Luckily for us (and MasterB) the Secondary school that his Middle school feeds on to is a good one with a good reputation.  They excel in the arts and encourage the more artistic side of their pupils which we hope will be to B’s advantage.

It’s such a difficult one to call – you want to encourage, support and dare I say even push your child, but not to the level where it can cause deep unhappiness and where you might even put out their shining light.  However, you might just be surprised and they end up flying and doing really well.

It’s all so difficult, aaaarrggghhhh!!

Who knows what the right answer is?

I guess you can only do what you think is right for your child at that particular time and based on that we decided not to go for the Grammar school test.


Do you still have the Middle school system in your area and what are your thoughts on Grammar school?  I’d love to know.

Carpe Diem x

7 thoughts on “Grammar School or not? When you have to make that difficult decision…

  1. When our kids were school age we lived in London and they went to a traditional church primary school which gave all three of them an excellent academic grounding. However, when it came to secondary school choices we had a division – the eldest and yougest went to a local comprehensive (which turned out to be a bit of a disaster ) , on the advice of the headteacher, but the middle one was determined that she was going to a prestigious grammar girls school near to us in the Hampstead Garden Suburb , Henrietta Barnet School. There were over 300 girls who sat the entrance test , which she passed, but then the actual place depended on how well you did in the interview. Needless to say she got the place , enjoyed the next years in the “hothouse” atmosphere, and went onto uni to study law. I can only say that the whole experience stood her in good stead for her whole career as she was actually taught how to study, whereas her brother and sister bumbled their way through secondary education , eager to leave education, not to return until many years later!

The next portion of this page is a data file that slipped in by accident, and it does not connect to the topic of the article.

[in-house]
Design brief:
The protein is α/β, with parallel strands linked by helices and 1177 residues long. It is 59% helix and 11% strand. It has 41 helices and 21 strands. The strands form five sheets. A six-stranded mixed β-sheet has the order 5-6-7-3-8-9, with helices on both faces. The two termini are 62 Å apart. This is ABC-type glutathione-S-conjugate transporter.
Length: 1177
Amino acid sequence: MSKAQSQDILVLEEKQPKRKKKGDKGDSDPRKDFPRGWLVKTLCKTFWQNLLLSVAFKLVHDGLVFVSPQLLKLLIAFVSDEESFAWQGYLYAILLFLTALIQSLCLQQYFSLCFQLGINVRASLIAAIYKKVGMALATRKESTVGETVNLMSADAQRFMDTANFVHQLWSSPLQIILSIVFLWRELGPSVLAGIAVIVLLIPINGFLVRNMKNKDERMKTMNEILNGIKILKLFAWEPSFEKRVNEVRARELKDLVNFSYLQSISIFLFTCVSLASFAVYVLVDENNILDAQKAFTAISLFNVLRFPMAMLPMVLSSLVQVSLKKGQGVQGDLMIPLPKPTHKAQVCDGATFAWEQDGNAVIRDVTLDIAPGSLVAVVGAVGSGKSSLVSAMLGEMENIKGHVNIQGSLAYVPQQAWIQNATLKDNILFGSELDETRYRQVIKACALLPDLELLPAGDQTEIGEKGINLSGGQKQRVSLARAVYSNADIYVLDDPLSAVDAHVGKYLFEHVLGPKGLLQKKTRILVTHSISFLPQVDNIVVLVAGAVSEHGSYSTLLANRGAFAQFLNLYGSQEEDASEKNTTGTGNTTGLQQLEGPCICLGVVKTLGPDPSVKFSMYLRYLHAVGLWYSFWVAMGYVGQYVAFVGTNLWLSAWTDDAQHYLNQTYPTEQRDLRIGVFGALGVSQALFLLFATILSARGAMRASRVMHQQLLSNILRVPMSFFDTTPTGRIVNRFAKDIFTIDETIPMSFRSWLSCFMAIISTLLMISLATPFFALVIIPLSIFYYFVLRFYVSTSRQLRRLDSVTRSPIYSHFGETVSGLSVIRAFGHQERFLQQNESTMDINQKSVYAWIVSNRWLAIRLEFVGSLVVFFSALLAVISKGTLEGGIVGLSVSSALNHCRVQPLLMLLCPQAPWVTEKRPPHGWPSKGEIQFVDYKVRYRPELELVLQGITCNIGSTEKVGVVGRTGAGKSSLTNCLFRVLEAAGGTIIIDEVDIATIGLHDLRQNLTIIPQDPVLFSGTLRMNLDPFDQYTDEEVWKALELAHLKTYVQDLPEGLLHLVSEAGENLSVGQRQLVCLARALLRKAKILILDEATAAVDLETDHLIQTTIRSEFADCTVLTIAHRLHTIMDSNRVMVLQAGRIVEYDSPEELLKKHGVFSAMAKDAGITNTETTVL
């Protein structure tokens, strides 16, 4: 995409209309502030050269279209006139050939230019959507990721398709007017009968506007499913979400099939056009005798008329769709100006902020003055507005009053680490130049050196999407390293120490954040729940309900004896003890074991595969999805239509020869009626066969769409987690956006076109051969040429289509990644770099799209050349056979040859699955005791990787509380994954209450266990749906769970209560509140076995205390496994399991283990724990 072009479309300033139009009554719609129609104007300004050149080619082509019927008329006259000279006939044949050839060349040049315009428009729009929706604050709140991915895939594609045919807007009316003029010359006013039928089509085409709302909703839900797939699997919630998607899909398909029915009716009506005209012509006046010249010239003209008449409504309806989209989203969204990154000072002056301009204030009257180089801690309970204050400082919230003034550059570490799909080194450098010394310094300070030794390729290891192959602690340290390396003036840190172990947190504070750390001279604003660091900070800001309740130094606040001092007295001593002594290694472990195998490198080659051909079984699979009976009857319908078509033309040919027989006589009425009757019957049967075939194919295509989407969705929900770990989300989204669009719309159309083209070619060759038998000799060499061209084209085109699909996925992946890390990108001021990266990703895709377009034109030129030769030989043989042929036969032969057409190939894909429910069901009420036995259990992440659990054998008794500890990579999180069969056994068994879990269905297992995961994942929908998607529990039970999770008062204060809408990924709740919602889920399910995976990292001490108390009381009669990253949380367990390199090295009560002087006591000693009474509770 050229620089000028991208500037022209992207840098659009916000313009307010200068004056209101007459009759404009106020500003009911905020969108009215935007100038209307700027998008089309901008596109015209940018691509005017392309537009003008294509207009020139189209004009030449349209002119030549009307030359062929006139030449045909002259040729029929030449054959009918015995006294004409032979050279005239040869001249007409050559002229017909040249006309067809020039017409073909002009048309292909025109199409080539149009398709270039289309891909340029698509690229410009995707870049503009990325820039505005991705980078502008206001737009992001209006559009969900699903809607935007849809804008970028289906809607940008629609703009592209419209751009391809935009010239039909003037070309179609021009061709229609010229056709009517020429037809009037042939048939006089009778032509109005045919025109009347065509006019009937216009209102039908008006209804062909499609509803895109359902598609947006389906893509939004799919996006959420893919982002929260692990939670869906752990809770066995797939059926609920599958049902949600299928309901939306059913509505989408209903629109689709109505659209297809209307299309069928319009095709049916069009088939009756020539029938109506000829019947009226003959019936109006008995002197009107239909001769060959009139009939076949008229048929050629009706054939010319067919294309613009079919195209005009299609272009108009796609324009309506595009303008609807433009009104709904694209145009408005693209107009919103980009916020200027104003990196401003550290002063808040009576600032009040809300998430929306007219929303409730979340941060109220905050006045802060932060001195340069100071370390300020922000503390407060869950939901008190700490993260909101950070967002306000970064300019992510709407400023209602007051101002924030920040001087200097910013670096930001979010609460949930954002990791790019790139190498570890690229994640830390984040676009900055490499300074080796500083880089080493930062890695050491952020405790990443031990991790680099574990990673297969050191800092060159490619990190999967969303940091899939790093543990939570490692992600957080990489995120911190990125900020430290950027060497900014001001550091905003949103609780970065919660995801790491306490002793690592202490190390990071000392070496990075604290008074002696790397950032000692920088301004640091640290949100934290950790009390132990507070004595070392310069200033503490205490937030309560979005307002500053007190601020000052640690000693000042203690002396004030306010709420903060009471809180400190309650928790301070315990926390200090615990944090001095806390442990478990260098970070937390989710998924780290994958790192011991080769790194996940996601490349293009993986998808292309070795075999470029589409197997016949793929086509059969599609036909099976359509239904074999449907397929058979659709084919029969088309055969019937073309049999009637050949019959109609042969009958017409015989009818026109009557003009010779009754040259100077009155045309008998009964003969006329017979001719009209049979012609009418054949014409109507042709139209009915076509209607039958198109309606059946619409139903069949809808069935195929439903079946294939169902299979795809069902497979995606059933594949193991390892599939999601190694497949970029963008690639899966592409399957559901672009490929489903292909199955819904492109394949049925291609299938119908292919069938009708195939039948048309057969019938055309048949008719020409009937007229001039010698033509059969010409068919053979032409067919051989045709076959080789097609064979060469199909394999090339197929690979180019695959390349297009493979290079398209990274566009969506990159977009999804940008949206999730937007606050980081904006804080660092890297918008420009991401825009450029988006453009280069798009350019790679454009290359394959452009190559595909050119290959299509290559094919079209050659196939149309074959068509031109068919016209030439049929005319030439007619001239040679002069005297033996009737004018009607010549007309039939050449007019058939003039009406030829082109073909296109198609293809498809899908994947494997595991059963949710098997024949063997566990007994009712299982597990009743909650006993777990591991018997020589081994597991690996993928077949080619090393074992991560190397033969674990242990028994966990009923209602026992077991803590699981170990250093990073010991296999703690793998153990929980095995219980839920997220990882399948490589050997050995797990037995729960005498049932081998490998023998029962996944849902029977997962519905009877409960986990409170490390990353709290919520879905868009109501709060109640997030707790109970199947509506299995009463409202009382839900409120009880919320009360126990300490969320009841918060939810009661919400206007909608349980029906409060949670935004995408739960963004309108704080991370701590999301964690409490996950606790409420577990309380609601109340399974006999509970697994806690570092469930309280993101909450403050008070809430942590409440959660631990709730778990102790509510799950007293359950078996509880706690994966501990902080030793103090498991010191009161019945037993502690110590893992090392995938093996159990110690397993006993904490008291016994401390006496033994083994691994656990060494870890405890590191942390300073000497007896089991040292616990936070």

I do agree totally that it depends a lot on the child , its personality and inclinations towards academic study , but choosing the right secondary school is such a lottery- you can only do what you think is best at the time! Good luck x

    Liked by 1 person

    • Absolutely Penny, it’s such a decision to make. It’s interesting how your three fared and so differently too. I think it hugely depends on the child – some can go on to do really good things having attended a comprehensive. Let’s just hope young B works hard and does well.
      Thanks for commenting – it’s interesting to hear your views xxx

      Like

  2. We don’t have the grammar school system where we live, but our son went to a different secondary school than the majority of his friends. The secondary school that he goes to is literally a 3 minute walk from our house. Its so hard making the right decision, but I think you just know when you have made it. I agree that children will flourish (if they wish) in whatever school they go to if they have the drive to do well. My son is in year 9 and we love the school he is at, as does he. Good luck xx

    Liked by 1 person

    • Thanks Tracey – as you say its a tough one but I think we’ve done the right thing for him. All we can do is encourage and support and trust that he will work hard and it will pay dividends.
      I’m so glad your son is doing well and enjoying school – it makes such a difference doesn’t it.
      Thanks so much for popping over and your comments – they mean a lot xxx

      Like